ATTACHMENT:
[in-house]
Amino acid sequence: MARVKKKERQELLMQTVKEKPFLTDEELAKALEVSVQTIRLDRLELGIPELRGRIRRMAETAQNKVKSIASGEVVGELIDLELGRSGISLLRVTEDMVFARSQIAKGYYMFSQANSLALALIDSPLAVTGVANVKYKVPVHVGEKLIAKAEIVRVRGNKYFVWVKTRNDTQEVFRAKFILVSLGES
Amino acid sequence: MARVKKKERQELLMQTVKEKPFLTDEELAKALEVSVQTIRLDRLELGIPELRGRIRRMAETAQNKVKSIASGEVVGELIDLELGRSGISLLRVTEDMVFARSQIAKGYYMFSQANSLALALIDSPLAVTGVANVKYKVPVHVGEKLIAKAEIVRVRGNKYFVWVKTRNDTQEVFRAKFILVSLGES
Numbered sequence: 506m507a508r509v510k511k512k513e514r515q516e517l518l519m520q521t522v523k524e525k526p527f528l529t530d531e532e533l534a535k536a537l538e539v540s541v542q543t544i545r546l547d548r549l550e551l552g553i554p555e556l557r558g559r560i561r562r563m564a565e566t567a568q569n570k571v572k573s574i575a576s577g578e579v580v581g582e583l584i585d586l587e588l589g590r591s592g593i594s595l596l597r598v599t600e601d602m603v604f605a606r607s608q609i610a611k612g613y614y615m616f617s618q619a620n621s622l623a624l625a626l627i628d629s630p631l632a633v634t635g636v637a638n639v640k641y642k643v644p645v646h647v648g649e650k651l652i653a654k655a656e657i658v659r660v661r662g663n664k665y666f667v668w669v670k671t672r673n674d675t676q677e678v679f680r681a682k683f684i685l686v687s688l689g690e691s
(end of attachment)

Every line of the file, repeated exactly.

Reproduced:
[in-house]
Amino acid sequence: MARVKKKERQELLMQTVKEKPFLTDEELAKALEVSVQTIRLDRLELGIPELRGRIRRMAETAQNKVKSIASGEVVGELIDLELGRSGISLLRVTEDMVFARSQIAKGYYMFSQANSLALALIDSPLAVTGVANVKYKVPVHVGEKLIAKAEIVRVRGNKYFVWVKTRNDTQEVFRAKFILVSLGES
Amino acid sequence: MARVKKKERQELLMQTVKEKPFLTDEELAKALEVSVQTIRLDRLELGIPELRGRIRRMAETAQNKVKSIASGEVVGELIDLELGRSGISLLRVTEDMVFARSQIAKGYYMFSQANSLALALIDSPLAVTGVANVKYKVPVHVGEKLIAKAEIVRVRGNKYFVWVKTRNDTQEVFRAKFILVSLGES
Numbered sequence: 506m507a508r509v510k511k512k513e514r515q516e517l518l519m520q521t522v523k524e525k526p527f528l529t530d531e532e533l534a535k536a537l538e539v540s541v542q543t544i545r546l547d548r549l550e551l552g553i554p555e556l557r558g559r560i561r562r563m564a565e566t567a568q569n570k571v572k573s574i575a576s577g578e579v580v581g582e583l584i585d586l587e588l589g590r591s592g593i594s595l596l597r598v599t600e601d602m603v604f605a606r607s608q609i610a611k612g613y614y615m616f617s618q619a620n621s622l623a624l625a626l627i628d629s630p631l632a633v634t635g636v637a638n639v640k641y642k643v644p645v646h647v648g649e650k651l652i653a654k655a656e657i658v659r660v661r662g663n664k665y666f667v668w669v670k671t672r673n674d675t676q677e678v679f680r681a682k683f684i685l686v687s688l689g690e691s